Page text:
If you’ve been on the internet lately, you’ve probably noticed that infographic maps are quite fashionable these days. Whether its November’s polling predictions or where the nation’s best burritos are located, one thing is clear: people like to visualize information.
Mapping has been used for quite some time to encourage urbanites to connect with the nature around us. In addition to digital trail maps, cities are getting creative with the way they promote nature through mapping. Check out San Francisco’s Nature in the City map for an example of how one city is educating its citizens about natural heritage. Still other organizations like the The Cornell Lab of Ornithology promote citizen science with their online mapping tool, YardMap, which encourages people to analyze bird habitats in their own backyard. And while this is all very exciting, I wonder, what about mapping information that is outside the visual realm? What about sound?
Studies have shown that exposure to natural soundscapes delivers a wide variety of health benefits including improved recovery[i], reduced anxiety[ii], and pain alleviation[iii]. These studies only add to the mountain of evidence that shows that frequent exposure to nature is crucially important to our quality of life. But how do we find natural soundscapes in our cities? Perhaps more importantly, how can we account for these assets and work to protect and enhance them?
Luckily, some innovative folks around the globe have created an online tool called a soundmap. These auditory maps contain geotagged sound clips that range from passing trains to hopping kangaroos. Some focus solely on natural soundscapes while others feature every instrument of the urban orchestra. Trickling streams, roaring highways, and chirping field crickets along a railroad track can all be heard with the simple click of a pin on one of these maps.
New York, New Orleans, and Montreal are three North American cities that have developed quite impressive soundmaps with varying applications. Some serve as mixed-media art pieces, others are used to document noise pollution. The London Sound Survey even includes historical sound clips so that we can examine how the urban soundscape is changing over time. And while all slightly different in design and application, they all provide a chance to orient ourselves with the sounds around us. This orientation not only breeds spatial awareness but also encourages discovery, engagement, dialog, and ultimately, stewardship of our urban natural soundscapes.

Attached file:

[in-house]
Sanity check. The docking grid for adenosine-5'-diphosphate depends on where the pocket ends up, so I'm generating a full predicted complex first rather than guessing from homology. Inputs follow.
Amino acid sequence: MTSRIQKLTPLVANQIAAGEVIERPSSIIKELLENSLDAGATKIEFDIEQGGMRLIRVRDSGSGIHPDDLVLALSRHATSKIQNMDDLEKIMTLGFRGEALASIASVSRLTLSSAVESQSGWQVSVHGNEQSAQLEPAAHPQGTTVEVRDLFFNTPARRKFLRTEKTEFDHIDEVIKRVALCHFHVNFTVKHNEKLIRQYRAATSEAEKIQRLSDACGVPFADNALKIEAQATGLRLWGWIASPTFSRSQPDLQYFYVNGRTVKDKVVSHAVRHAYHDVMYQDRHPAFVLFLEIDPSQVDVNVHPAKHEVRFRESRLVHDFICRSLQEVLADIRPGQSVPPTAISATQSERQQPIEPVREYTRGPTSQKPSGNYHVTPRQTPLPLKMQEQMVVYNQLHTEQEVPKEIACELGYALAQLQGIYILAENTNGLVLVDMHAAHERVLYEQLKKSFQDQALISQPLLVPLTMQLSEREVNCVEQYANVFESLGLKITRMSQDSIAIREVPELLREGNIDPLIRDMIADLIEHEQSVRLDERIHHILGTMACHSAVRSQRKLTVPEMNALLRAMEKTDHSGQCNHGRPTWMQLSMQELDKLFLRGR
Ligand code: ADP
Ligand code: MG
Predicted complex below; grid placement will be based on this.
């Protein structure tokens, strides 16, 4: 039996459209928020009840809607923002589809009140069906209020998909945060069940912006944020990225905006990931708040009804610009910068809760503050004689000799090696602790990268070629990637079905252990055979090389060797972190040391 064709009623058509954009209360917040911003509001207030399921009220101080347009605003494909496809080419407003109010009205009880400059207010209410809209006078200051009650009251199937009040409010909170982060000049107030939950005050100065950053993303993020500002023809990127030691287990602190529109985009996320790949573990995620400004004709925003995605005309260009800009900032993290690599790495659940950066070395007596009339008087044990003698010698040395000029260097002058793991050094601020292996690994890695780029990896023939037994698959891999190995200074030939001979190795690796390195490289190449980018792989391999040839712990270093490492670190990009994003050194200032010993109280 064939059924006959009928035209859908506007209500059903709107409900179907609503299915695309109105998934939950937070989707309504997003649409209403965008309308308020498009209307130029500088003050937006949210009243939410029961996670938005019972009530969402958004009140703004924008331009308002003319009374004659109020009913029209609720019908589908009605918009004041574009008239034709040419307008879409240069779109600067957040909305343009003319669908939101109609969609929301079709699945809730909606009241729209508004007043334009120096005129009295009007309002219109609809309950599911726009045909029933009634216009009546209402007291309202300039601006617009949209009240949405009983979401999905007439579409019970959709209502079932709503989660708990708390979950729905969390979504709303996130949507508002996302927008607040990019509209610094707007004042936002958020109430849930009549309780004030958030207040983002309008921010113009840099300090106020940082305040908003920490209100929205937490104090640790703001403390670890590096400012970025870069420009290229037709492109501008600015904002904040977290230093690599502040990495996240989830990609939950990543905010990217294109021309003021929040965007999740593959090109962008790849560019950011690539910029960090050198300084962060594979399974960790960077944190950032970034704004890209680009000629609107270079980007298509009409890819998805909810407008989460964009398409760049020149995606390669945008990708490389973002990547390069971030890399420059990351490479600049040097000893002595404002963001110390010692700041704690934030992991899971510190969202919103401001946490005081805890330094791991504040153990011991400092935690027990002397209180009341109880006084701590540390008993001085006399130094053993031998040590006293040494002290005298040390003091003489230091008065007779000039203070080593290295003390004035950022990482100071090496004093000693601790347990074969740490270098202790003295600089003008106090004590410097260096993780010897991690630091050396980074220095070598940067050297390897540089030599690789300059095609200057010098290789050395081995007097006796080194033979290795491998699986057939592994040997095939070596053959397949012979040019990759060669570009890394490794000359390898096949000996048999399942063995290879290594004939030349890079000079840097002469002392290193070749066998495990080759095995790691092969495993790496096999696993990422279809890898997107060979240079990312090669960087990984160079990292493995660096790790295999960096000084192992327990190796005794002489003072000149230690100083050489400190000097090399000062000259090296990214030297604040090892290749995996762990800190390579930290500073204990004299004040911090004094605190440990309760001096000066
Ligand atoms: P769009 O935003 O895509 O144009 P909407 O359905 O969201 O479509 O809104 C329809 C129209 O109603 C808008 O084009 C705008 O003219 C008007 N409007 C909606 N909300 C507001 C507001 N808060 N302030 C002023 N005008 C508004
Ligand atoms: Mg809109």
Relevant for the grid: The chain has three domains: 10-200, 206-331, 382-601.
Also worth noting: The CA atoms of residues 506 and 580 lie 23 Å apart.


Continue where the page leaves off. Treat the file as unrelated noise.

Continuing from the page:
Because many soundmaps are produced using crowd sourced data, more and more people are increasingly included in the conversation about the value and preservation of natural soundscapes in urban centers. Whether it is the sound of a creek running behind your house or birds chirping on the telephone wires outside your office window, sounds surround us, and the natural ones improve our quality of life. Soundmaps provide an opportunity to explore a new dimension of our cities, to think about sound as an asset, and to foster a sense of place through sounds.
If you’re like me and live in a city that has not created a soundmap, you’re not quite out of luck. Several online tools exist to create your own soundmap using your smart phone. While several exist, I personally tried UMapper.com and found it to not only be really easy, but also addictingly fun. Whether you’re a teacher, city official, or simply a curious citizen, I invite you to explore soundmapping as yet another tool to understand and immerse yourself in the complex, multi-dimensional natural beauty that surrounds us all.
Post by Briana Bergstrom
[i] Alvarsson J, Wiens S., and Nilsson M. “Stress and recovery during exposure to nature sounds and environmental noise.” Int. J Environ Res Public Health, 2010 (7) 1036-106.
[ii] Aghaie, Bahman; Rejeh, Nahid; Heravi-Karimooi, Majideh; Ebadi, Abbas; Moradian, Seyed Tayeb; Vaismoradi, Mojtaba; Jasper, Melanie. “Effect of nature-based sound therapy on agitation and anxiety in coronary artery bypass graft patients during the weaning of mechanical ventilation: A randomised clinical trial.” International Journal of Nursing Studies Volume 51, Issue 4 (April 2014): 526-538
[iii] Anderson, Patricia G.; Bauer, Brent A.; Brekke, Karen M.; Cutshall, Susanne M.; Kelly, Ryan F.; Messner, Penny K.; Olney, Tammy L.; Prinsen, Sharon K.; Sundt, Thoralf M., III; Wentwoth, Laura J. “Effect of the combination of music and nature sounds on pain and anxiety in cardiac surgical patients: a randomized study.” Alternative Therapies in Health and Medicine 17.4 (July 1, 2011): 16-23.